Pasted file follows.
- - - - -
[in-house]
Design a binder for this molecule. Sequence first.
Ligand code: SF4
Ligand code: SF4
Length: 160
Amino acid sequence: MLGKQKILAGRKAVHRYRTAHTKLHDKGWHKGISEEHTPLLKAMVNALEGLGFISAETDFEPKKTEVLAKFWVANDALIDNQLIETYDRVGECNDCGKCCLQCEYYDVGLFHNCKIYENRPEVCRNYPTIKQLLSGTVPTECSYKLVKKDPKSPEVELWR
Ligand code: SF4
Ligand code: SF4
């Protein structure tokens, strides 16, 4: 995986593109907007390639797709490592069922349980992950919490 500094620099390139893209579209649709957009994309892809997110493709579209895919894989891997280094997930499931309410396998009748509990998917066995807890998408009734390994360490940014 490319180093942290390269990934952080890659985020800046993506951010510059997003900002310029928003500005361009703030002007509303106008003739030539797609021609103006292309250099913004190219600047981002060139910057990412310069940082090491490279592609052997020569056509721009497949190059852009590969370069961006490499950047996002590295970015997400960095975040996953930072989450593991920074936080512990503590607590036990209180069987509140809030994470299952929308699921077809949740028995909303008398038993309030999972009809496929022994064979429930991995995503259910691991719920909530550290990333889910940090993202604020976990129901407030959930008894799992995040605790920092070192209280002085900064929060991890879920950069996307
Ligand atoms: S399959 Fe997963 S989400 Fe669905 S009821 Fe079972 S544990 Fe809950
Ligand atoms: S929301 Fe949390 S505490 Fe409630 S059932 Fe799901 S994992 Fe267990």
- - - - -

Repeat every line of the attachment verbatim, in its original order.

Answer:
[in-house]
Design a binder for this molecule. Sequence first.
Ligand code: SF4
Ligand code: SF4
Length: 160
Amino acid sequence: MLGKQKILAGRKAVHRYRTAHTKLHDKGWHKGISEEHTPLLKAMVNALEGLGFISAETDFEPKKTEVLAKFWVANDALIDNQLIETYDRVGECNDCGKCCLQCEYYDVGLFHNCKIYENRPEVCRNYPTIKQLLSGTVPTECSYKLVKKDPKSPEVELWR
Ligand code: SF4
Ligand code: SF4
């Protein structure tokens, strides 16, 4: 995986593109907007390639797709490592069922349980992950919490 500094620099390139893209579209649709957009994309892809997110493709579209895919894989891997280094997930499931309410396998009748509990998917066995807890998408009734390994360490940014 490319180093942290390269990934952080890659985020800046993506951010510059997003900002310029928003500005361009703030002007509303106008003739030539797609021609103006292309250099913004190219600047981002060139910057990412310069940082090491490279592609052997020569056509721009497949190059852009590969370069961006490499950047996002590295970015997400960095975040996953930072989450593991920074936080512990503590607590036990209180069987509140809030994470299952929308699921077809949740028995909303008398038993309030999972009809496929022994064979429930991995995503259910691991719920909530550290990333889910940090993202604020976990129901407030959930008894799992995040605790920092070192209280002085900064929060991890879920950069996307
Ligand atoms: S399959 Fe997963 S989400 Fe669905 S009821 Fe079972 S544990 Fe809950
Ligand atoms: S929301 Fe949390 S505490 Fe409630 S059932 Fe799901 S994992 Fe267990």